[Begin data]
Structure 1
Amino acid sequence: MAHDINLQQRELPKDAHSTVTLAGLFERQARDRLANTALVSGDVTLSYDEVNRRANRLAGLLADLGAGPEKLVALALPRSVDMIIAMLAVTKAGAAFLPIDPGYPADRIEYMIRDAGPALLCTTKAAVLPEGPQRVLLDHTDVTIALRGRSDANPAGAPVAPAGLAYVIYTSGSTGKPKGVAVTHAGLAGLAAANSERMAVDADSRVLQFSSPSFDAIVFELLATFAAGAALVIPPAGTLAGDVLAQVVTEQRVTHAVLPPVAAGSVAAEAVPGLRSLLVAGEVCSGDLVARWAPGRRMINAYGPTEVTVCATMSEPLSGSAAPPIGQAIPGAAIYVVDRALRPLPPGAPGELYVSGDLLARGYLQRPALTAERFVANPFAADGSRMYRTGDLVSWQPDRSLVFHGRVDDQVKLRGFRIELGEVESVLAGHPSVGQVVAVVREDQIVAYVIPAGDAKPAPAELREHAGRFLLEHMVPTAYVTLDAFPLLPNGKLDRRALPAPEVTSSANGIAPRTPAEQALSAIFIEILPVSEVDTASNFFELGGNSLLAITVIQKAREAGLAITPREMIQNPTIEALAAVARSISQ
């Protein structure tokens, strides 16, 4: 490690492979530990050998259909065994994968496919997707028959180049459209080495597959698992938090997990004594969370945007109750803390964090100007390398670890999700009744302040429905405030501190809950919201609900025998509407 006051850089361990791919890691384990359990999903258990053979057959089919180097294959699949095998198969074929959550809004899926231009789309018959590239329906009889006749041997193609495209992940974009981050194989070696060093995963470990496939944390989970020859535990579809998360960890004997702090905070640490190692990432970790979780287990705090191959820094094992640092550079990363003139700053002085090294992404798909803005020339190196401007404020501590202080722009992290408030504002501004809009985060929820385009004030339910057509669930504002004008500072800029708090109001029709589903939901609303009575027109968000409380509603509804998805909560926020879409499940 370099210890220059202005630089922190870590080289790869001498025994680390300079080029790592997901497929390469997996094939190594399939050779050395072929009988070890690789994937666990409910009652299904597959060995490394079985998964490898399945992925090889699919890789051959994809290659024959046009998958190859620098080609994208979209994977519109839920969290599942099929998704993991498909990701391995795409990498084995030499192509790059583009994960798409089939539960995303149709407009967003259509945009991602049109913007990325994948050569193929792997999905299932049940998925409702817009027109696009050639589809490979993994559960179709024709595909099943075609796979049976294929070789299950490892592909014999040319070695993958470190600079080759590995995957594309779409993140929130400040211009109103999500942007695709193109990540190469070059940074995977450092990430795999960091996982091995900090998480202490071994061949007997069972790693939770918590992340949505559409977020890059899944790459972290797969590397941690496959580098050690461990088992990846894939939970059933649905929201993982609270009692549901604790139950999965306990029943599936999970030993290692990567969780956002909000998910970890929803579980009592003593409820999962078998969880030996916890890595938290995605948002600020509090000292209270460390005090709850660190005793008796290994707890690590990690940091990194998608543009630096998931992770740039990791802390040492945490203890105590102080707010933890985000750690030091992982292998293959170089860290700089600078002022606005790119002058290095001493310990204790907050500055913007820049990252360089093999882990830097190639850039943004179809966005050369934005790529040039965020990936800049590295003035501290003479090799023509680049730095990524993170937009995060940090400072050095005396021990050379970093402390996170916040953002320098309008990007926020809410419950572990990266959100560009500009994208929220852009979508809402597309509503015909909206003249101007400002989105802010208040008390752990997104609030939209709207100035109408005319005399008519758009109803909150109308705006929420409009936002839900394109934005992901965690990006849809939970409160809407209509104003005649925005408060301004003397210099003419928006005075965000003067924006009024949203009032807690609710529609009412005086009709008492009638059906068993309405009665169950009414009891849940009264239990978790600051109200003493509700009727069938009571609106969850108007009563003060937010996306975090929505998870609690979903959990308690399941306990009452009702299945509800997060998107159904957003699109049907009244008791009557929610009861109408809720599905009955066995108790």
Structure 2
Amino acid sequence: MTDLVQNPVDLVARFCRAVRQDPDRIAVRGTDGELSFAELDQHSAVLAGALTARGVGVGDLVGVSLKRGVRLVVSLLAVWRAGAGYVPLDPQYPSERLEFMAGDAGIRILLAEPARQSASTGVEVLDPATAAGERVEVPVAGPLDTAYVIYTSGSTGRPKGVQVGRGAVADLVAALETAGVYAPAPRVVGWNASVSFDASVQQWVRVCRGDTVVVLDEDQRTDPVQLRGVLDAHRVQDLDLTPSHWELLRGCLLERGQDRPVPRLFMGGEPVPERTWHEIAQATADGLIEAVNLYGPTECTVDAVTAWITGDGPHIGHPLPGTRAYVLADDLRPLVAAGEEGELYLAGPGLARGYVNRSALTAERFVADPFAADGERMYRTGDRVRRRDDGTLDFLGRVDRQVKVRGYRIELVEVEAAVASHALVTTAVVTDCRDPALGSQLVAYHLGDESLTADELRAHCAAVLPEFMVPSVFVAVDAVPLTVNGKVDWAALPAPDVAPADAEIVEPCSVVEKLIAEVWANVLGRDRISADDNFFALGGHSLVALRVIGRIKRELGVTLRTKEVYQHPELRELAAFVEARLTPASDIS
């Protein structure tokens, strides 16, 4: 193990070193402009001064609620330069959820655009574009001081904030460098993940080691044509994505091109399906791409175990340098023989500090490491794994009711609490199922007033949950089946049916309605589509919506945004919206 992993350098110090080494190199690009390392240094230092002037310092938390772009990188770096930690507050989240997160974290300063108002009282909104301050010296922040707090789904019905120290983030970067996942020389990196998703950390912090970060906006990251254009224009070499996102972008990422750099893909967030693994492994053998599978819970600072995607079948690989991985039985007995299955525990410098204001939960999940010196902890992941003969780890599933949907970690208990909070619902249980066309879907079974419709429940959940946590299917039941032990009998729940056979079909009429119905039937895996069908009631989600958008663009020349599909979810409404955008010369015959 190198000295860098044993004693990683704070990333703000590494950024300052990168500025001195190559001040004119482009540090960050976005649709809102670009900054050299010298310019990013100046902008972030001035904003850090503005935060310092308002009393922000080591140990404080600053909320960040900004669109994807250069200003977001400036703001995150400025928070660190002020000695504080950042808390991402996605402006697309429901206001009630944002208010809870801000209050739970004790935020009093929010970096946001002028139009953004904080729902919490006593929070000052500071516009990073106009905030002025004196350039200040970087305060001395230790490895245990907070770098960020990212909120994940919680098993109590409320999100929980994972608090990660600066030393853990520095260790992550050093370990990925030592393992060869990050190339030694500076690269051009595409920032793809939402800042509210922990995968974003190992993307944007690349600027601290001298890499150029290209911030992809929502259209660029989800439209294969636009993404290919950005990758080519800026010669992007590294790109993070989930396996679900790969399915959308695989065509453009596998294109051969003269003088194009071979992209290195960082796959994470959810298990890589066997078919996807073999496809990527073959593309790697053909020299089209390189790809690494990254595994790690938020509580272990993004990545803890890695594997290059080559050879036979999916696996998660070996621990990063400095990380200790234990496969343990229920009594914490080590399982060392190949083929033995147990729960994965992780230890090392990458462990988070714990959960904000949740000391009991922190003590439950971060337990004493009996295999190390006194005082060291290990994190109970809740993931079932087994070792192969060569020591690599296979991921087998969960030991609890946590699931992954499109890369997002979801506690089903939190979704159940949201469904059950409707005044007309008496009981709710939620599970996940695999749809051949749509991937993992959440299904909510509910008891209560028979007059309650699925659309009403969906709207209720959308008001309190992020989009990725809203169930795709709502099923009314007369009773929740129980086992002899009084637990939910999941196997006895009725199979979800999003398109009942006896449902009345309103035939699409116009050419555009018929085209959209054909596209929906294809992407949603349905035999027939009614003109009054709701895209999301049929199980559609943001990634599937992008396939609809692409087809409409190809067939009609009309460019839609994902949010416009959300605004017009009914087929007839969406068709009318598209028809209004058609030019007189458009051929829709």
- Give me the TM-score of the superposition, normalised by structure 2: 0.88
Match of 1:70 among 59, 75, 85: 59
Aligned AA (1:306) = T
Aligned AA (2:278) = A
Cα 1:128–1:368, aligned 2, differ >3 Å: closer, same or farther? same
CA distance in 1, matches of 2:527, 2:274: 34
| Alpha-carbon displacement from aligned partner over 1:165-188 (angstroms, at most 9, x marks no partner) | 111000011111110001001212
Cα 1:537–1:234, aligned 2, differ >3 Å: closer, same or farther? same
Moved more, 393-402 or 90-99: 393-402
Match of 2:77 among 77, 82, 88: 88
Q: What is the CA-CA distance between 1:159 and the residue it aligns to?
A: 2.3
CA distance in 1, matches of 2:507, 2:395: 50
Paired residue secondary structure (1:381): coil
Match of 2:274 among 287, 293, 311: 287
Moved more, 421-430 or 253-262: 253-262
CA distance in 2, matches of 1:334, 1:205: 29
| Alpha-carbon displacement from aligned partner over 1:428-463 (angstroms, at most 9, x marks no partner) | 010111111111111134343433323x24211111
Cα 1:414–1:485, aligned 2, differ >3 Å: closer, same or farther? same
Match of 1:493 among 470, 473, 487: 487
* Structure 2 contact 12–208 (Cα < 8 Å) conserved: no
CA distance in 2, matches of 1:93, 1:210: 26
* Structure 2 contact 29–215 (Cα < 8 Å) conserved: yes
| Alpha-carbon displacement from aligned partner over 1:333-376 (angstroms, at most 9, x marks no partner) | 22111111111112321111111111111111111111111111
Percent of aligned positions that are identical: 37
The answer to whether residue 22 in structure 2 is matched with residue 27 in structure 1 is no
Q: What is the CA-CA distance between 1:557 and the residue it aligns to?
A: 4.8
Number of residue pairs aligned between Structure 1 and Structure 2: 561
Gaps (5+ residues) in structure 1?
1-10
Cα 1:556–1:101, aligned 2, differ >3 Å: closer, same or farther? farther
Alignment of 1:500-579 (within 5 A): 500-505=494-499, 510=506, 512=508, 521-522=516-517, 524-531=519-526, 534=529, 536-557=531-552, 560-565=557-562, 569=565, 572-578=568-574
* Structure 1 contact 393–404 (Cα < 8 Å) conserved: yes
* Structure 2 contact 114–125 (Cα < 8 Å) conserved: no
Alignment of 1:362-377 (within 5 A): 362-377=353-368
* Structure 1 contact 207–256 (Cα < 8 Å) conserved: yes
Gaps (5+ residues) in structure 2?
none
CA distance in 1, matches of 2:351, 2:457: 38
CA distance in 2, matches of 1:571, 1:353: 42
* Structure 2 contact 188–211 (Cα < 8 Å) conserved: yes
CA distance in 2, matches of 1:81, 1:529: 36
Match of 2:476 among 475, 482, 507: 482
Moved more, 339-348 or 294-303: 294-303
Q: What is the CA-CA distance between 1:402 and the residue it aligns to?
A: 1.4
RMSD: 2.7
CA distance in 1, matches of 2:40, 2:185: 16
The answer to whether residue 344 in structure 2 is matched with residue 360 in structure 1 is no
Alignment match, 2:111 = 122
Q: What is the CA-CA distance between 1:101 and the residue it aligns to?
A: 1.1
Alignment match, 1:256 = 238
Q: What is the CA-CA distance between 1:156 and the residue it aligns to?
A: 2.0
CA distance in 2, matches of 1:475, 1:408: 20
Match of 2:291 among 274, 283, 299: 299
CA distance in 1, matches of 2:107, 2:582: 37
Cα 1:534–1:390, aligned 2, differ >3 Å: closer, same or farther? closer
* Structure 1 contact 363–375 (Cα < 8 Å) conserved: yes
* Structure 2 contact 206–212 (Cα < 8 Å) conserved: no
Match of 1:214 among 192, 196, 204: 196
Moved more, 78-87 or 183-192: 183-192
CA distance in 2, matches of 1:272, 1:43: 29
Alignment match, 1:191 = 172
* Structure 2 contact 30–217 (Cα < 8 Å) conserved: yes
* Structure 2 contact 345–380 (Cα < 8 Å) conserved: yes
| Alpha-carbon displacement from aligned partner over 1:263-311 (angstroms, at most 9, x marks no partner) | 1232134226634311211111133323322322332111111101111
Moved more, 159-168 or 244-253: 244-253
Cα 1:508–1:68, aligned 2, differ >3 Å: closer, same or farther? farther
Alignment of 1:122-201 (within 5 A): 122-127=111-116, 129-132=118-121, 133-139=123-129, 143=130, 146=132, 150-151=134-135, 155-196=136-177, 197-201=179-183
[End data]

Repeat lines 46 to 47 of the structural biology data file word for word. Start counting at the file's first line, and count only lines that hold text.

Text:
CA distance in 1, matches of 2:351, 2:457: 38
CA distance in 2, matches of 1:571, 1:353: 42